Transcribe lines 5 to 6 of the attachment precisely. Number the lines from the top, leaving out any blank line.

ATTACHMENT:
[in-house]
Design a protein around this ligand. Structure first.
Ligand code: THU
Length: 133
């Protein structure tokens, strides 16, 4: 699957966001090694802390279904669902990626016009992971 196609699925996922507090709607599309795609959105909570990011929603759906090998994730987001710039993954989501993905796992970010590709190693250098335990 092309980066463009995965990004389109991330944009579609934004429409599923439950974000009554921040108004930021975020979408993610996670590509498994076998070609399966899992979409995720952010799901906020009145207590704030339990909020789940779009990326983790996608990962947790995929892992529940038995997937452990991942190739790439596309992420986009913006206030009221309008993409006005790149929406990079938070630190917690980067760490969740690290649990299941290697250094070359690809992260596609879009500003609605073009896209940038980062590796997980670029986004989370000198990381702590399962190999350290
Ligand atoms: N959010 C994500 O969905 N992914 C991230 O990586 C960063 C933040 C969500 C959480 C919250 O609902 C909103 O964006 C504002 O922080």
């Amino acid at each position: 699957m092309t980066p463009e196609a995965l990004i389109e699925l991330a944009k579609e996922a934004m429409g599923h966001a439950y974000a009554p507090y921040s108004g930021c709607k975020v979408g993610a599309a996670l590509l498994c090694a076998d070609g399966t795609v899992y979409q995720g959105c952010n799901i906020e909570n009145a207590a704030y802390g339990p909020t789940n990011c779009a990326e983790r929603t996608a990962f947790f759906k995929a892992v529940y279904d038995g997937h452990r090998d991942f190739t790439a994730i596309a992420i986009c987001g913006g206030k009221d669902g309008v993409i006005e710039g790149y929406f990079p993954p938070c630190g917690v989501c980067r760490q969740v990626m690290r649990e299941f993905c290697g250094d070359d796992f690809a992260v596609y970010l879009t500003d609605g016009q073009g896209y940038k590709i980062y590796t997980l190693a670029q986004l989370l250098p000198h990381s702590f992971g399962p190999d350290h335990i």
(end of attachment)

């Protein structure tokens, strides 16, 4: 699957966001090694802390279904669902990626016009992971 196609699925996922507090709607599309795609959105909570990011929603759906090998994730987001710039993954989501993905796992970010590709190693250098335990 092309980066463009995965990004389109991330944009579609934004429409599923439950974000009554921040108004930021975020979408993610996670590509498994076998070609399966899992979409995720952010799901906020009145207590704030339990909020789940779009990326983790996608990962947790995929892992529940038995997937452990991942190739790439596309992420986009913006206030009221309008993409006005790149929406990079938070630190917690980067760490969740690290649990299941290697250094070359690809992260596609879009500003609605073009896209940038980062590796997980670029986004989370000198990381702590399962190999350290
Ligand atoms: N959010 C994500 O969905 N992914 C991230 O990586 C960063 C933040 C969500 C959480 C919250 O609902 C909103 O964006 C504002 O922080």